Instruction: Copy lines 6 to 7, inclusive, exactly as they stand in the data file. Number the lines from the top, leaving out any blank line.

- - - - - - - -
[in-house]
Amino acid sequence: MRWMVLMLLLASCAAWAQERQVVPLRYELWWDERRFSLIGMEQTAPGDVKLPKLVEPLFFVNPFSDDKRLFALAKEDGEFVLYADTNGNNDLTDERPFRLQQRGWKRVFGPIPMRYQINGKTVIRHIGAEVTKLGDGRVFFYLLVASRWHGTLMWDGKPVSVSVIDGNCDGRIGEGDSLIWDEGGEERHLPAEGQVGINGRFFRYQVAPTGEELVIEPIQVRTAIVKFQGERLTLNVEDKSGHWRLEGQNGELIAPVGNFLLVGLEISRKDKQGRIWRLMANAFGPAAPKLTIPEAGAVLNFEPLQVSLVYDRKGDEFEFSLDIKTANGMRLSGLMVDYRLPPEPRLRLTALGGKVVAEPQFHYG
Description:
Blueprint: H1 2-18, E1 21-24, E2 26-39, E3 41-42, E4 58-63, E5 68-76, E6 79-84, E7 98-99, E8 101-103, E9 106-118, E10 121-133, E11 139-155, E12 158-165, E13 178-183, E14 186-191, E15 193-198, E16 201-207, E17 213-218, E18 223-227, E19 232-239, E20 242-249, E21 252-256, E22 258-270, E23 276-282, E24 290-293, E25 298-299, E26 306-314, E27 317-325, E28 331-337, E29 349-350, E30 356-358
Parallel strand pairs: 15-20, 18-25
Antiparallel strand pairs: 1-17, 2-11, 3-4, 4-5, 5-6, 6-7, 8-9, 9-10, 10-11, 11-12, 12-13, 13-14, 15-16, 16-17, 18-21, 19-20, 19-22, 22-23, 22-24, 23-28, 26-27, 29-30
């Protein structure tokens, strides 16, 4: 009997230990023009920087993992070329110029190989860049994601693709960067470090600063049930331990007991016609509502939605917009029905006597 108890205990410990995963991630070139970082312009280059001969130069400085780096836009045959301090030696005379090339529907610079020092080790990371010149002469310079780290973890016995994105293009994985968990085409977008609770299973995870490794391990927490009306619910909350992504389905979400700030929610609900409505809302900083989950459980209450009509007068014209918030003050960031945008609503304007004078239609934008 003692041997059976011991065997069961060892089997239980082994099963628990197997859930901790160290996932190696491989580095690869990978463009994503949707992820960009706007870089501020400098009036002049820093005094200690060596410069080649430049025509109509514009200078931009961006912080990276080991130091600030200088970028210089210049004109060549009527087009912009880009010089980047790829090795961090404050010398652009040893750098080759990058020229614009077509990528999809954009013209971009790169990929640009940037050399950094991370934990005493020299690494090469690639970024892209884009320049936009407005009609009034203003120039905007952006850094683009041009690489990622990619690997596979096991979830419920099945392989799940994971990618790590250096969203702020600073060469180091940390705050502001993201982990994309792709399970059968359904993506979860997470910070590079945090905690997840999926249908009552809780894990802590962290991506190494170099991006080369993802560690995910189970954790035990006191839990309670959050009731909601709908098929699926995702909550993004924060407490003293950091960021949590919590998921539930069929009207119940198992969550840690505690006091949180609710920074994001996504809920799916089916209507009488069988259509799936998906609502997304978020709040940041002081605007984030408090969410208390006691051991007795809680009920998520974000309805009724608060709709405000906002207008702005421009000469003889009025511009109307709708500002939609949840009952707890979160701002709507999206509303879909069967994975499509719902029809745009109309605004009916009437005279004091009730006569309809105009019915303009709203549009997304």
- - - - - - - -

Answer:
Antiparallel strand pairs: 1-17, 2-11, 3-4, 4-5, 5-6, 6-7, 8-9, 9-10, 10-11, 11-12, 12-13, 13-14, 15-16, 16-17, 18-21, 19-20, 19-22, 22-23, 22-24, 23-28, 26-27, 29-30
């Protein structure tokens, strides 16, 4: 009997230990023009920087993992070329110029190989860049994601693709960067470090600063049930331990007991016609509502939605917009029905006597 108890205990410990995963991630070139970082312009280059001969130069400085780096836009045959301090030696005379090339529907610079020092080790990371010149002469310079780290973890016995994105293009994985968990085409977008609770299973995870490794391990927490009306619910909350992504389905979400700030929610609900409505809302900083989950459980209450009509007068014209918030003050960031945008609503304007004078239609934008 003692041997059976011991065997069961060892089997239980082994099963628990197997859930901790160290996932190696491989580095690869990978463009994503949707992820960009706007870089501020400098009036002049820093005094200690060596410069080649430049025509109509514009200078931009961006912080990276080991130091600030200088970028210089210049004109060549009527087009912009880009010089980047790829090795961090404050010398652009040893750098080759990058020229614009077509990528999809954009013209971009790169990929640009940037050399950094991370934990005493020299690494090469690639970024892209884009320049936009407005009609009034203003120039905007952006850094683009041009690489990622990619690997596979096991979830419920099945392989799940994971990618790590250096969203702020600073060469180091940390705050502001993201982990994309792709399970059968359904993506979860997470910070590079945090905690997840999926249908009552809780894990802590962290991506190494170099991006080369993802560690995910189970954790035990006191839990309670959050009731909601709908098929699926995702909550993004924060407490003293950091960021949590919590998921539930069929009207119940198992969550840690505690006091949180609710920074994001996504809920799916089916209507009488069988259509799936998906609502997304978020709040940041002081605007984030408090969410208390006691051991007795809680009920998520974000309805009724608060709709405000906002207008702005421009000469003889009025511009109307709708500002939609949840009952707890979160701002709507999206509303879909069967994975499509719902029809745009109309605004009916009437005279004091009730006569309809105009019915303009709203549009997304």